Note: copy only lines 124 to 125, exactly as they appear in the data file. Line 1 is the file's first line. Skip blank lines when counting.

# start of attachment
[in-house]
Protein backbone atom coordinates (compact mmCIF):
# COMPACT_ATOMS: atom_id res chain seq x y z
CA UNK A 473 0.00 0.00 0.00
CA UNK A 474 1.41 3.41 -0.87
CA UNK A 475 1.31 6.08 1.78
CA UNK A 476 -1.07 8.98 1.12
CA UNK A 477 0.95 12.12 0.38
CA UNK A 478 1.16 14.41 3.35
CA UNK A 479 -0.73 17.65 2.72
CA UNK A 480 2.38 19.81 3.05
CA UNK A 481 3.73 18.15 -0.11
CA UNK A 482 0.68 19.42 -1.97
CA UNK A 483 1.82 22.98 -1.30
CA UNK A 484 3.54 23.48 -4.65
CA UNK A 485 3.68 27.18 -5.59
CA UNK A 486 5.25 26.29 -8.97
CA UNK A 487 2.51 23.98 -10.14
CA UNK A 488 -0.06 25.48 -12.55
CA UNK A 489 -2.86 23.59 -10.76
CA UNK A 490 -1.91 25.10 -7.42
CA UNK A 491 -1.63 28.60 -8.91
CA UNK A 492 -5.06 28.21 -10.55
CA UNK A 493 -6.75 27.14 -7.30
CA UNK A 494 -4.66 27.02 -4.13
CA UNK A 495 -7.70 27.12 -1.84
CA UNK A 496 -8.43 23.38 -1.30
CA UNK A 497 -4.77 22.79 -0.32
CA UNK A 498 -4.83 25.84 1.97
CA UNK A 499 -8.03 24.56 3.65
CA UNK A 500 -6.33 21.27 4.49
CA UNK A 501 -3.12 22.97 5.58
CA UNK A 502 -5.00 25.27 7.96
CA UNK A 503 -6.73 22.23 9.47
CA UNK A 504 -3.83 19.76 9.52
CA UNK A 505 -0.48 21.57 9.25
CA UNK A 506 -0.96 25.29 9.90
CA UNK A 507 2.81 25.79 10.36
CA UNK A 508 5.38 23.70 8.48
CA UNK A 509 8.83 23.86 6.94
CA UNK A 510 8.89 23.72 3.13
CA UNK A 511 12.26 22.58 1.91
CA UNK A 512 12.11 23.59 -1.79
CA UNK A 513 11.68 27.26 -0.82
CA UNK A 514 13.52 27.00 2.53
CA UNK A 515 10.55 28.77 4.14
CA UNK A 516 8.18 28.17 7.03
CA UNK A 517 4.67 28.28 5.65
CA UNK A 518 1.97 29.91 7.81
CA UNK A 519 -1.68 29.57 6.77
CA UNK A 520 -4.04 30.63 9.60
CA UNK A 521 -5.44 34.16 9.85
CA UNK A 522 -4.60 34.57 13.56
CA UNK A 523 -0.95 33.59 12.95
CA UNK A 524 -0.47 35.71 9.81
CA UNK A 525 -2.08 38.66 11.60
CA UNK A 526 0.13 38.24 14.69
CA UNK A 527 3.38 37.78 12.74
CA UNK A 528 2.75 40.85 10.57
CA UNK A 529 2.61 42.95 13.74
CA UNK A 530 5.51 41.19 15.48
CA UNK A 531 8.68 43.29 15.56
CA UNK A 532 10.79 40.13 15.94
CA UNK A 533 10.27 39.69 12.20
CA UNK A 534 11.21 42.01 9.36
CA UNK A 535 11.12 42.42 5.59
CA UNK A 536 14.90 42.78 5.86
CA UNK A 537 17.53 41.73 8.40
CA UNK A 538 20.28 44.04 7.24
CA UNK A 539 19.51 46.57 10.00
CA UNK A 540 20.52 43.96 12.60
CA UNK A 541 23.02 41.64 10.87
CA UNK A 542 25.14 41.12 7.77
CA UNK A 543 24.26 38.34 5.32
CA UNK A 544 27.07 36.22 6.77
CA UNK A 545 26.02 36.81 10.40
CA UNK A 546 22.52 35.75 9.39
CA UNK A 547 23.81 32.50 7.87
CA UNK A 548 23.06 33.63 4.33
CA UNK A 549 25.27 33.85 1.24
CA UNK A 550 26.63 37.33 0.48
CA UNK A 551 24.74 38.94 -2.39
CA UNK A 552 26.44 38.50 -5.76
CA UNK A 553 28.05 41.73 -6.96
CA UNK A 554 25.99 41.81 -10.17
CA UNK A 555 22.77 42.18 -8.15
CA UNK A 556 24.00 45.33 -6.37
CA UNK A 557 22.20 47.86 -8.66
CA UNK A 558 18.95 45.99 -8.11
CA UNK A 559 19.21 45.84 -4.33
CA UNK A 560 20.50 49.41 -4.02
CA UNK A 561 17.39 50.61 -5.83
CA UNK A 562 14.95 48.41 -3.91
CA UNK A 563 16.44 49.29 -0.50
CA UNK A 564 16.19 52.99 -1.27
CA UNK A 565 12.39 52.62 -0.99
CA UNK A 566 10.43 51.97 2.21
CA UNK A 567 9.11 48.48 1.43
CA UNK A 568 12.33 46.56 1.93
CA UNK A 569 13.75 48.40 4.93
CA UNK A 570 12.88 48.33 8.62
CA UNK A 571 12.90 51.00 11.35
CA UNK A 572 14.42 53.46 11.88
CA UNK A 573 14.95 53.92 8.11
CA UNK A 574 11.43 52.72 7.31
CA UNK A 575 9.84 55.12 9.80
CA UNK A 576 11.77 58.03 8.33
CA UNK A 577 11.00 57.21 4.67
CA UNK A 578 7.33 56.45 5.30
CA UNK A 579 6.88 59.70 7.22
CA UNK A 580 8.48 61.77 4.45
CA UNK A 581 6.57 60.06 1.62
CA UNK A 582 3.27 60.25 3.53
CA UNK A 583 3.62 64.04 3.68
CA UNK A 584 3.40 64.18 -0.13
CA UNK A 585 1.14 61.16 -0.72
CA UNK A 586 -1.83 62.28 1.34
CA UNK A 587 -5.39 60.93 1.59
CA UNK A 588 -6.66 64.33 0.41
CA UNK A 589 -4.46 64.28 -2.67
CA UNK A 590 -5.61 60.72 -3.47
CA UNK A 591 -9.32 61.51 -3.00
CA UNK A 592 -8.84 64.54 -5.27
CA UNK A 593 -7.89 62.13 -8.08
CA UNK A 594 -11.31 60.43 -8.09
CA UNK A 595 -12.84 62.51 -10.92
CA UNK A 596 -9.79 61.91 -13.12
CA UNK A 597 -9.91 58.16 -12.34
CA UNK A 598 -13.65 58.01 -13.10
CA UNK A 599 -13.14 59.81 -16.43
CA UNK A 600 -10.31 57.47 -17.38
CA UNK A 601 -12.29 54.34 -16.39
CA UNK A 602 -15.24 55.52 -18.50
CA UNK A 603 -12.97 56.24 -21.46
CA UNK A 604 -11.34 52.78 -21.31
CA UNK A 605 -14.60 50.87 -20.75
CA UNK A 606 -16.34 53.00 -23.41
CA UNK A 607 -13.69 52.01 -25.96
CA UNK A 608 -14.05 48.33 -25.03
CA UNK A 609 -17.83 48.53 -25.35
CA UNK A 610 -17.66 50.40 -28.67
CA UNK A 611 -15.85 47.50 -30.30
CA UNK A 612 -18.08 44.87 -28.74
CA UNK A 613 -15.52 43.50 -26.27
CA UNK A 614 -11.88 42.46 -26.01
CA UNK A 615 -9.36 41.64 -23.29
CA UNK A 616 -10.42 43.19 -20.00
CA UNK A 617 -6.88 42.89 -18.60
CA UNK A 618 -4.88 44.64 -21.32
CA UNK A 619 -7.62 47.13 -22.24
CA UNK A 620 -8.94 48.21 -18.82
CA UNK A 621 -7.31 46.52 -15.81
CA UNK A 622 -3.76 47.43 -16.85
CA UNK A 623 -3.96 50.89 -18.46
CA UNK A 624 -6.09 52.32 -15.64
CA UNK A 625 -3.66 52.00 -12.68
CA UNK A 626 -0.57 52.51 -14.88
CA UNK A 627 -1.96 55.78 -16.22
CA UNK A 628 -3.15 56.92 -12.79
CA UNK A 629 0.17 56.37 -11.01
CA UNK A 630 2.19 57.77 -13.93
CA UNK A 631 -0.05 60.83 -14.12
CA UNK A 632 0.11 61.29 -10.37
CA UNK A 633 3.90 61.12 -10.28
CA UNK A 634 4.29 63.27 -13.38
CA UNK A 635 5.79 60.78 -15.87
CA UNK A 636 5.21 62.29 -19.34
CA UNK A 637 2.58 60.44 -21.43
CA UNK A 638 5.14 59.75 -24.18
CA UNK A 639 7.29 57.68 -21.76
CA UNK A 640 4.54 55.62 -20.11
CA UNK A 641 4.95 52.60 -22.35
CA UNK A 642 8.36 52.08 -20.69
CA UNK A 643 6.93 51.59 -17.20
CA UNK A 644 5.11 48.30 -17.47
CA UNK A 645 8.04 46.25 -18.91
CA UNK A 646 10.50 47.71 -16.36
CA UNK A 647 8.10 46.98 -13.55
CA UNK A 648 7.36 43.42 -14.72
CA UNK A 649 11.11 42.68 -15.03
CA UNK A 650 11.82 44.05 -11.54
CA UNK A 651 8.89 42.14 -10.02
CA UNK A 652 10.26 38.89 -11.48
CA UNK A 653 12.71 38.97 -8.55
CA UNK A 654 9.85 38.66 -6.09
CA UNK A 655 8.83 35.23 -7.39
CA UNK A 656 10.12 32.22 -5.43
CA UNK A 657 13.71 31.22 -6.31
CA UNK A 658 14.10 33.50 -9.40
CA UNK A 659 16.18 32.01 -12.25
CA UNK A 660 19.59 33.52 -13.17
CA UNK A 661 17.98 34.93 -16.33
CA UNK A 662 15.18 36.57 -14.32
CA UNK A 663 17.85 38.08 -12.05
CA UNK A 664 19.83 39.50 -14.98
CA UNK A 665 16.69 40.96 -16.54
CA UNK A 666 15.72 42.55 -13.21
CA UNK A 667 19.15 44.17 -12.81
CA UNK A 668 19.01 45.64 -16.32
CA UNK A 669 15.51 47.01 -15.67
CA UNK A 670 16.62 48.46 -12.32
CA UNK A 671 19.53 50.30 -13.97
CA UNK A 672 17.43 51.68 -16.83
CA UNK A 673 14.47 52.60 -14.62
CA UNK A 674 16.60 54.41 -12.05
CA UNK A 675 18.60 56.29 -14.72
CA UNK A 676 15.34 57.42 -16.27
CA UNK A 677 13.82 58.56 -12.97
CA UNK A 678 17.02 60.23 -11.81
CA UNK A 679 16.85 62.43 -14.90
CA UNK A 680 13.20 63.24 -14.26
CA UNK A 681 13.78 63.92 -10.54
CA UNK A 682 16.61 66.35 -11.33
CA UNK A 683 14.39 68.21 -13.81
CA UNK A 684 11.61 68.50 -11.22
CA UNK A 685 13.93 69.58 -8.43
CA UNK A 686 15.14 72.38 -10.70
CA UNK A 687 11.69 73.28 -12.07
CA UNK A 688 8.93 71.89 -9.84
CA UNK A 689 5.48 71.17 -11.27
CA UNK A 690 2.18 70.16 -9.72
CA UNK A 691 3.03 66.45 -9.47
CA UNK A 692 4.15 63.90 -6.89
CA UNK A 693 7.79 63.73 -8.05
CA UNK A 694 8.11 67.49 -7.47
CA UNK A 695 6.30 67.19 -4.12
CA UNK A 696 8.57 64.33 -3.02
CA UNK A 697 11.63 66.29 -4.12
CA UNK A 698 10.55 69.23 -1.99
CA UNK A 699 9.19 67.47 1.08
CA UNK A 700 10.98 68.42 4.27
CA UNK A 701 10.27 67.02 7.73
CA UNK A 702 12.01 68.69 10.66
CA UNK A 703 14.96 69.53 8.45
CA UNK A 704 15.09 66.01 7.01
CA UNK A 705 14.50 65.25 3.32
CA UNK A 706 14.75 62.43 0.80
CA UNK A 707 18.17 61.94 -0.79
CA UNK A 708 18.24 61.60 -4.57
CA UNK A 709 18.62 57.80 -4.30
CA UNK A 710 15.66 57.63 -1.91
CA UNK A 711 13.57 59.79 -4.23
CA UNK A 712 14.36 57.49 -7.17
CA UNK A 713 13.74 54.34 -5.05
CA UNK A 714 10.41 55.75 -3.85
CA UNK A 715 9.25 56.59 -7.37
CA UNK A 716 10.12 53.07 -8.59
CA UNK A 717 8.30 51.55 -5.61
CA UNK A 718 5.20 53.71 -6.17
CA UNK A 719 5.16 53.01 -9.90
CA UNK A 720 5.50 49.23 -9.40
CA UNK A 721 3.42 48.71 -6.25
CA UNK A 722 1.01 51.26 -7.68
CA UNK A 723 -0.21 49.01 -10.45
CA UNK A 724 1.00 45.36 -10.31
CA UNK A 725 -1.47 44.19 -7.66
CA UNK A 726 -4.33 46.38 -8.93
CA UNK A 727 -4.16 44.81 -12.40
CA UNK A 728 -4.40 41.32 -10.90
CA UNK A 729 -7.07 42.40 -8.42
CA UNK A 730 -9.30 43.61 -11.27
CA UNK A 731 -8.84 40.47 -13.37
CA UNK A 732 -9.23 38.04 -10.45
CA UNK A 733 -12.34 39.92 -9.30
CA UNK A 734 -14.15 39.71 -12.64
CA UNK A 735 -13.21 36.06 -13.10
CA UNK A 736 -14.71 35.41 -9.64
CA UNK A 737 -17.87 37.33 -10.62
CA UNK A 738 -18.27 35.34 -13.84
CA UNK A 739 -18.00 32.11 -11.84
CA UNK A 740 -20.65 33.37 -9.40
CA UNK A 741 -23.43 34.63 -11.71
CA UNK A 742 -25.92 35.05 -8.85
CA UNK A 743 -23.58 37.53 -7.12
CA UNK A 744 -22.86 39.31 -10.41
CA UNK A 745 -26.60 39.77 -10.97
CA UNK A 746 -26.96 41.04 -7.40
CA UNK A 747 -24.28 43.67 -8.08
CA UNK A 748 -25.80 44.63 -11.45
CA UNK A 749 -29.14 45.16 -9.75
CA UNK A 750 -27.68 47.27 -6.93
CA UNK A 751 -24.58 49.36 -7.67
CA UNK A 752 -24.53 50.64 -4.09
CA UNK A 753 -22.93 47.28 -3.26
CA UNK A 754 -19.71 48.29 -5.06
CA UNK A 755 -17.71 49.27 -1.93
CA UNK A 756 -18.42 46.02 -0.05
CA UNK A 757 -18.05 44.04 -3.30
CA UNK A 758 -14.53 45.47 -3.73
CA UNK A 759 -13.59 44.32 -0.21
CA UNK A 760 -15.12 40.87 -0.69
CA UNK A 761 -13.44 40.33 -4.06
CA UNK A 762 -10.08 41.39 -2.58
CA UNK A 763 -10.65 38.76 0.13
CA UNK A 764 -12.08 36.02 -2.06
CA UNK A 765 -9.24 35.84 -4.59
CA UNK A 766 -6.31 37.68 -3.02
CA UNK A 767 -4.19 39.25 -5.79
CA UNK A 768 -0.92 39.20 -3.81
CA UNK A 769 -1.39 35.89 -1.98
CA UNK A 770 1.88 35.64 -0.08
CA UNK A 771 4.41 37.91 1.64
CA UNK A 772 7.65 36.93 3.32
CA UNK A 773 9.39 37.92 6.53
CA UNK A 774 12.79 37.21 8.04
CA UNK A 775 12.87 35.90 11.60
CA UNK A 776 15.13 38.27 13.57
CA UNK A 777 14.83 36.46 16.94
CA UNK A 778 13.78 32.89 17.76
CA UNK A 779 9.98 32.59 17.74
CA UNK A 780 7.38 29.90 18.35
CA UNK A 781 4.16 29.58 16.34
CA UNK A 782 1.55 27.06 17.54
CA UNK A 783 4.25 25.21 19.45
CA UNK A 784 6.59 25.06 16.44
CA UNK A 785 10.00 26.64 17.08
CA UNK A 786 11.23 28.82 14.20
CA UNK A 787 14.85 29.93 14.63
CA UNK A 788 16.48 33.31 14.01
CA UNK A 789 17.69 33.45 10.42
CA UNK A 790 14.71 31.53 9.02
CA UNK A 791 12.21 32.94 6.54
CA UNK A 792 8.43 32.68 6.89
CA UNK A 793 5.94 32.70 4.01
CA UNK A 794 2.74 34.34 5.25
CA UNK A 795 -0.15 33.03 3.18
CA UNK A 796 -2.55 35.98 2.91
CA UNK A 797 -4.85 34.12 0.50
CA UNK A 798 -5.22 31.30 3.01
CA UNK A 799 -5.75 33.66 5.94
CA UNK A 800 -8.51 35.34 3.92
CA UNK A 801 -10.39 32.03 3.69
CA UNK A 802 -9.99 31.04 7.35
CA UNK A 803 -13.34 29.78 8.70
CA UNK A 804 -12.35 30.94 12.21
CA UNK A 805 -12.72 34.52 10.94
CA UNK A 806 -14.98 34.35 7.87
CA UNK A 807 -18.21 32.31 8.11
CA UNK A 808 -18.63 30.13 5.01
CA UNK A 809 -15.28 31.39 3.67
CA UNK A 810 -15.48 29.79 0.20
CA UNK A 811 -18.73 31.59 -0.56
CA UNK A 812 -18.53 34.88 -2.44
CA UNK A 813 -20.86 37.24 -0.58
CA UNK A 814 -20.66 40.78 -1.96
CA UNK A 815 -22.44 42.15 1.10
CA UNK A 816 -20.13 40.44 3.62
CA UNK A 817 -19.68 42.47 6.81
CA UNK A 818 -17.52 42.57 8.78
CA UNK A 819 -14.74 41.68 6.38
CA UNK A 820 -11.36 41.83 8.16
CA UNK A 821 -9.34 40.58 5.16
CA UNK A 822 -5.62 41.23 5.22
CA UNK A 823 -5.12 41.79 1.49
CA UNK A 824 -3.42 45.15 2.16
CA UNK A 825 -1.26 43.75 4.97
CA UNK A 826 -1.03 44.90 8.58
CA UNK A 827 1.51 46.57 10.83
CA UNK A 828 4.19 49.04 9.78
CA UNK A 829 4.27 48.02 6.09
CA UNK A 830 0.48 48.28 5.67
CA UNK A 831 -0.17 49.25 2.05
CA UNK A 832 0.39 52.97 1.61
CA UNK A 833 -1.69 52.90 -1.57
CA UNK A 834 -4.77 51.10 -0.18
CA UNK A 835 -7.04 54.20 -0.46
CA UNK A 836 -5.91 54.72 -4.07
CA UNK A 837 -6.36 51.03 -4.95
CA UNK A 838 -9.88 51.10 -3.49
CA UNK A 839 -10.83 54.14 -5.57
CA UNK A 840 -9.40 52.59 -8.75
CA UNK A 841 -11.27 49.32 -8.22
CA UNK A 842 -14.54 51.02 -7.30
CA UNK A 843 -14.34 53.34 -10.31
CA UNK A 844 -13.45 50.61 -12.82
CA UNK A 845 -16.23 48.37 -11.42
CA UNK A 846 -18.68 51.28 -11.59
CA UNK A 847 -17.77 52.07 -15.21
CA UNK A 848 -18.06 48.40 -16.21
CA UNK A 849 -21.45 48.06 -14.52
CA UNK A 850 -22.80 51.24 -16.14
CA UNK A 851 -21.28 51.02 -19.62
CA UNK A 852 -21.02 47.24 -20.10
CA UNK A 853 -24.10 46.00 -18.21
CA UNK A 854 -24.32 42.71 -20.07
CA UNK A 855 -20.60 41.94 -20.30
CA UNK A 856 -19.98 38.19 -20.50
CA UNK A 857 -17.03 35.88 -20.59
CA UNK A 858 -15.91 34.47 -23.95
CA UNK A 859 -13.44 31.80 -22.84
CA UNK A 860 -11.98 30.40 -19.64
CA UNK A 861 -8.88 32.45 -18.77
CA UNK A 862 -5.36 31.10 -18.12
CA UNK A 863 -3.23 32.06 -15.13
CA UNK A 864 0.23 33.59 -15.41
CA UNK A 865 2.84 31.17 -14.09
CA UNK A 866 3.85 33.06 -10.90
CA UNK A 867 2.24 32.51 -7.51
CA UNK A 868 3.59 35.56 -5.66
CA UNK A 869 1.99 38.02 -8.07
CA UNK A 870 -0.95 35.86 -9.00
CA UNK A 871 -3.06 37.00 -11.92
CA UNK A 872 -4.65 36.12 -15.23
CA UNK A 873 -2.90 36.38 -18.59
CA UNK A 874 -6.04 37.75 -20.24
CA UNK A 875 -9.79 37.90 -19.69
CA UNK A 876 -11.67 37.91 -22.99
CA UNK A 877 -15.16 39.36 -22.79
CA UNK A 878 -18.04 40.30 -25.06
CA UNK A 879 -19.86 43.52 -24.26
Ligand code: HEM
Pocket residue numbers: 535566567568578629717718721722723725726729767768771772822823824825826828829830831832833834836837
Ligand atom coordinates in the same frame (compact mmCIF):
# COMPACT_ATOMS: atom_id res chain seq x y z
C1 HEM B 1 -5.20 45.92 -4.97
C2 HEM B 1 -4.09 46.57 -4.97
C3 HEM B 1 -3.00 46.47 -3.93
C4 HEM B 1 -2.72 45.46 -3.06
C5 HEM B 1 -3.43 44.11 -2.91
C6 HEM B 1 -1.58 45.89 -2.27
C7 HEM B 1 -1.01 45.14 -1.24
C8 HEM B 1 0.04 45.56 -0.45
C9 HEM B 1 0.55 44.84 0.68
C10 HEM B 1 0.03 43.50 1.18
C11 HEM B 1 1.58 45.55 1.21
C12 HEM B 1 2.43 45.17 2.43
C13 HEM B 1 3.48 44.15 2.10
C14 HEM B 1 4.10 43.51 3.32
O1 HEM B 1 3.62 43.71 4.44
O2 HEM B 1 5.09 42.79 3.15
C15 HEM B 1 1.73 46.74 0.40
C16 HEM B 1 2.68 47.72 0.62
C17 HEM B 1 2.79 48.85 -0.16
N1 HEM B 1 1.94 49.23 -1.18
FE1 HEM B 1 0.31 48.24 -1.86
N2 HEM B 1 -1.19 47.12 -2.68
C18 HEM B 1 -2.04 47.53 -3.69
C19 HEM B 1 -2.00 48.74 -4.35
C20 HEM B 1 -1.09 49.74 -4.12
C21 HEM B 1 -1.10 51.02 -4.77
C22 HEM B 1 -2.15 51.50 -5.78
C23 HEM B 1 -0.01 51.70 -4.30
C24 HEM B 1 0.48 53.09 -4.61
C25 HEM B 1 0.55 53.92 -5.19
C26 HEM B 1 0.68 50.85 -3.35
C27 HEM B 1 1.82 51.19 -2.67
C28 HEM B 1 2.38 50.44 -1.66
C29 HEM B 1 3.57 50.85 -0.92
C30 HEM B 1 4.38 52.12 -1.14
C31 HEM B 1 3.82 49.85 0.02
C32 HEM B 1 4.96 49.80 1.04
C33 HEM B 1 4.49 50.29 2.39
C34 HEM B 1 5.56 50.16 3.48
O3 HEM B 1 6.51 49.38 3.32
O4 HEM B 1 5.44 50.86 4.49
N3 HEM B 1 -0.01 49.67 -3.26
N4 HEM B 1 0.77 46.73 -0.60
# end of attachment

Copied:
CA UNK A 593 -7.89 62.13 -8.08
CA UNK A 594 -11.31 60.43 -8.09